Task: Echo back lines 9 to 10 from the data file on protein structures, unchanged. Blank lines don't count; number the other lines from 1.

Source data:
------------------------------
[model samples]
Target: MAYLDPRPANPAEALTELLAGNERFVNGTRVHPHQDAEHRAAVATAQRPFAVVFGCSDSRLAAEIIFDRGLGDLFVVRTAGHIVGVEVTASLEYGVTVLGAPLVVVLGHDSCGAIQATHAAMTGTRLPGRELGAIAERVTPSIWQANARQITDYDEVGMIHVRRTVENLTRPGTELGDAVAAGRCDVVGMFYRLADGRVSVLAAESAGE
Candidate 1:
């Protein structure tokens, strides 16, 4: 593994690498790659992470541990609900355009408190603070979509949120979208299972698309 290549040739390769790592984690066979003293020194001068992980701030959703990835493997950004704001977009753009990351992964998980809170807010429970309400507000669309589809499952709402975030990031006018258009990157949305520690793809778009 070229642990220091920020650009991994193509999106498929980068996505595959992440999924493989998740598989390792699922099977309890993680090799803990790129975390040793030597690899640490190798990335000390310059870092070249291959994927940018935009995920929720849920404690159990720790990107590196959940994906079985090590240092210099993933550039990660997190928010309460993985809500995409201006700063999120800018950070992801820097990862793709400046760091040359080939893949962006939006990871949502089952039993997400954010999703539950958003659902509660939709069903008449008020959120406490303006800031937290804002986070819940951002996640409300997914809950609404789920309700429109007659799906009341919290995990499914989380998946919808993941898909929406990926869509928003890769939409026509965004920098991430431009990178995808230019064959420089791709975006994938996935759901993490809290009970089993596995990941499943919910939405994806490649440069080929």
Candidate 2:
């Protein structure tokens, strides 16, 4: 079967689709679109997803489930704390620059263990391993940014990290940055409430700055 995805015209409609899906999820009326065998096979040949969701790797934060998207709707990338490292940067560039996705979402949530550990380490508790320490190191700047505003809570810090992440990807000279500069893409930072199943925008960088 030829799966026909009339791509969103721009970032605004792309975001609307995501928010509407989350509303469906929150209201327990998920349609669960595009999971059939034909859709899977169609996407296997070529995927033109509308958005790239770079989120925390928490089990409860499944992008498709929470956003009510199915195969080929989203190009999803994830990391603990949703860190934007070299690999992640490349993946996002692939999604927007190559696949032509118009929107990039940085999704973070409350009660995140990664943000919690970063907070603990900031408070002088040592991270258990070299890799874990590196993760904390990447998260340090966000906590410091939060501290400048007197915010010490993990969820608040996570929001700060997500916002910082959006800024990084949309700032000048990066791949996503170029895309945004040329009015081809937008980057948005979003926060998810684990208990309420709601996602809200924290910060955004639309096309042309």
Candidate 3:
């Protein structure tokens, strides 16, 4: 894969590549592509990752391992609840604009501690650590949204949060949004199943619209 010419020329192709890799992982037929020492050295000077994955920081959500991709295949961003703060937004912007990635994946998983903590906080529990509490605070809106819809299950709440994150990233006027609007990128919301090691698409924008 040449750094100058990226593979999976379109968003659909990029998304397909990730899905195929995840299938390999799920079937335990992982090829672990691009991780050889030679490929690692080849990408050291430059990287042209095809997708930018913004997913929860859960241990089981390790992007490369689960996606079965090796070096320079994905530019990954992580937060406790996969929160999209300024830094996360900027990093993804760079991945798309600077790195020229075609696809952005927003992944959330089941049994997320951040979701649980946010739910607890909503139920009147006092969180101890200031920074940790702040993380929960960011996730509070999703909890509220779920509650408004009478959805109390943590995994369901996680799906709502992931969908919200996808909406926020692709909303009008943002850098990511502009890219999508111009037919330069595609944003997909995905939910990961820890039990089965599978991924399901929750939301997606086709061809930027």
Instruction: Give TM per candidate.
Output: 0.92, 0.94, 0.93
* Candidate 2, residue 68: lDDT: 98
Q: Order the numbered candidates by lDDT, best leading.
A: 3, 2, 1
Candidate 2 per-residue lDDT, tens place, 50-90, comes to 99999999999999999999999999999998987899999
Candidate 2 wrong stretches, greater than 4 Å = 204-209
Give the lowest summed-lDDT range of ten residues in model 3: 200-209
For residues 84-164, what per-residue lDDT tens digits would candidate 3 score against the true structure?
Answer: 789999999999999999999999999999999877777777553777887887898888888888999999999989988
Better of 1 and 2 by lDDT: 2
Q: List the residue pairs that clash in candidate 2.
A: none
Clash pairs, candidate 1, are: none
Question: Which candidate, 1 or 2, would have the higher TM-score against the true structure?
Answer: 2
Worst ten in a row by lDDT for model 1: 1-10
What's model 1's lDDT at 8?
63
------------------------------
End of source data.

Instruction: Give TM per candidate.
Output: 0.92, 0.94, 0.93